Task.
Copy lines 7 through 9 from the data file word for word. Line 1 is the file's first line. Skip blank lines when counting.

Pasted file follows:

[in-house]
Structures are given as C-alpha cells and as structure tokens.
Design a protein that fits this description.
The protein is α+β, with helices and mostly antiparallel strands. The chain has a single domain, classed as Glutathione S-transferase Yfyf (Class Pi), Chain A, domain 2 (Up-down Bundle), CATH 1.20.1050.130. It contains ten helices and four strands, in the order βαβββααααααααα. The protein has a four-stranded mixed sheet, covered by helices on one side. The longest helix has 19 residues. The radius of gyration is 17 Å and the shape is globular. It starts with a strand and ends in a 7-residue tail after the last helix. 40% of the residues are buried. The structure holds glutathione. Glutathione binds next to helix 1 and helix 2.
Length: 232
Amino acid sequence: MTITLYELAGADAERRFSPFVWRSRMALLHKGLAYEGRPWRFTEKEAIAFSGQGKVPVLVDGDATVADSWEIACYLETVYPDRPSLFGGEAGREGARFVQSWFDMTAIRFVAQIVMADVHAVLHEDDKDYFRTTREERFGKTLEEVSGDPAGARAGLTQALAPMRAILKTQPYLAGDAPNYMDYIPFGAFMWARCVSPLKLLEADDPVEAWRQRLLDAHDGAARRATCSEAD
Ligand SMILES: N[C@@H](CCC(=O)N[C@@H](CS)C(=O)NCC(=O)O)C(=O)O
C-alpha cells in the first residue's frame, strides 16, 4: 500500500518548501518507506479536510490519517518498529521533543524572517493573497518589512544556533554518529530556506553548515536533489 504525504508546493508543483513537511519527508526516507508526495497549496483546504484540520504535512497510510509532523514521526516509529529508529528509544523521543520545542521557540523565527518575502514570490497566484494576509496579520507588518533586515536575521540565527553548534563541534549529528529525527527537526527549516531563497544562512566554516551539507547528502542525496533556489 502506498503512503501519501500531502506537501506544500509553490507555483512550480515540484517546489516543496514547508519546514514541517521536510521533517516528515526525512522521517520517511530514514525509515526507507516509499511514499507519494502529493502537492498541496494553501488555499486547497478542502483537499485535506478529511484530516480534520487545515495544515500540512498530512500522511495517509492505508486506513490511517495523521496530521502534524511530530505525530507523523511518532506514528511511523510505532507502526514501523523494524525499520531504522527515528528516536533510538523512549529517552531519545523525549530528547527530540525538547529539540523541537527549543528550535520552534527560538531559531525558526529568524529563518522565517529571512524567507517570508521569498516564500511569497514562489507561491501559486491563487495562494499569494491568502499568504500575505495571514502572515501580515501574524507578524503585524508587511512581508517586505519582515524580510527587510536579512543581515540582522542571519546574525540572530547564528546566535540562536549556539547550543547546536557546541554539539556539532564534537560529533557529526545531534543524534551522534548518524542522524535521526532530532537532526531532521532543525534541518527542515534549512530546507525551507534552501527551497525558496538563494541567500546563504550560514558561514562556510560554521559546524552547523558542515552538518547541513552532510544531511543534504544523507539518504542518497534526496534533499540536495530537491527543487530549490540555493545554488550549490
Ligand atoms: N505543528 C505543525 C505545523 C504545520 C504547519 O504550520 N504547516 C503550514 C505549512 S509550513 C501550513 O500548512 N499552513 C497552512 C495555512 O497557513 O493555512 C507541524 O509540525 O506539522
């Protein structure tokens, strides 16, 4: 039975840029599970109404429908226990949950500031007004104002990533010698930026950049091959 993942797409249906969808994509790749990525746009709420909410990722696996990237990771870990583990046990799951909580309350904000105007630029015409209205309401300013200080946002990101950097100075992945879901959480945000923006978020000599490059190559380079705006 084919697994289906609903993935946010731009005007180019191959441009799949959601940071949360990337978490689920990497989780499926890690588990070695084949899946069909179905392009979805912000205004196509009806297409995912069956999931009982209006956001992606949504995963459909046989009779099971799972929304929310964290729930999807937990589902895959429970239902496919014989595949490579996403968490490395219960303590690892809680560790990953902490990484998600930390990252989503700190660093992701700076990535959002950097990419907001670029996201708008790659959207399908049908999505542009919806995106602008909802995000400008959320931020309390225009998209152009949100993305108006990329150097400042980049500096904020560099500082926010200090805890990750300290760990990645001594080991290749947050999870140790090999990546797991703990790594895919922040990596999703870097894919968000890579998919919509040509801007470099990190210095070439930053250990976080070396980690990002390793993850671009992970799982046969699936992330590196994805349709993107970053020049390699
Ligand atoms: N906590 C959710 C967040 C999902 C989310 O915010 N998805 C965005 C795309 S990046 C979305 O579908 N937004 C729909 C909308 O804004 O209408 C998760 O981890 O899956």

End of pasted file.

Ligand SMILES: N[C@@H](CCC(=O)N[C@@H](CS)C(=O)NCC(=O)O)C(=O)O
C-alpha cells in the first residue's frame, strides 16, 4: 500500500518548501518507506479536510490519517518498529521533543524572517493573497518589512544556533554518529530556506553548515536533489 504525504508546493508543483513537511519527508526516507508526495497549496483546504484540520504535512497510510509532523514521526516509529529508529528509544523521543520545542521557540523565527518575502514570490497566484494576509496579520507588518533586515536575521540565527553548534563541534549529528529525527527537526527549516531563497544562512566554516551539507547528502542525496533556489 502506498503512503501519501500531502506537501506544500509553490507555483512550480515540484517546489516543496514547508519546514514541517521536510521533517516528515526525512522521517520517511530514514525509515526507507516509499511514499507519494502529493502537492498541496494553501488555499486547497478542502483537499485535506478529511484530516480534520487545515495544515500540512498530512500522511495517509492505508486506513490511517495523521496530521502534524511530530505525530507523523511518532506514528511511523510505532507502526514501523523494524525499520531504522527515528528516536533510538523512549529517552531519545523525549530528547527530540525538547529539540523541537527549543528550535520552534527560538531559531525558526529568524529563518522565517529571512524567507517570508521569498516564500511569497514562489507561491501559486491563487495562494499569494491568502499568504500575505495571514502572515501580515501574524507578524503585524508587511512581508517586505519582515524580510527587510536579512543581515540582522542571519546574525540572530547564528546566535540562536549556539547550543547546536557546541554539539556539532564534537560529533557529526545531534543524534551522534548518524542522524535521526532530532537532526531532521532543525534541518527542515534549512530546507525551507534552501527551497525558496538563494541567500546563504550560514558561514562556510560554521559546524552547523558542515552538518547541513552532510544531511543534504544523507539518504542518497534526496534533499540536495530537491527543487530549490540555493545554488550549490
Ligand atoms: N505543528 C505543525 C505545523 C504545520 C504547519 O504550520 N504547516 C503550514 C505549512 S509550513 C501550513 O500548512 N499552513 C497552512 C495555512 O497557513 O493555512 C507541524 O509540525 O506539522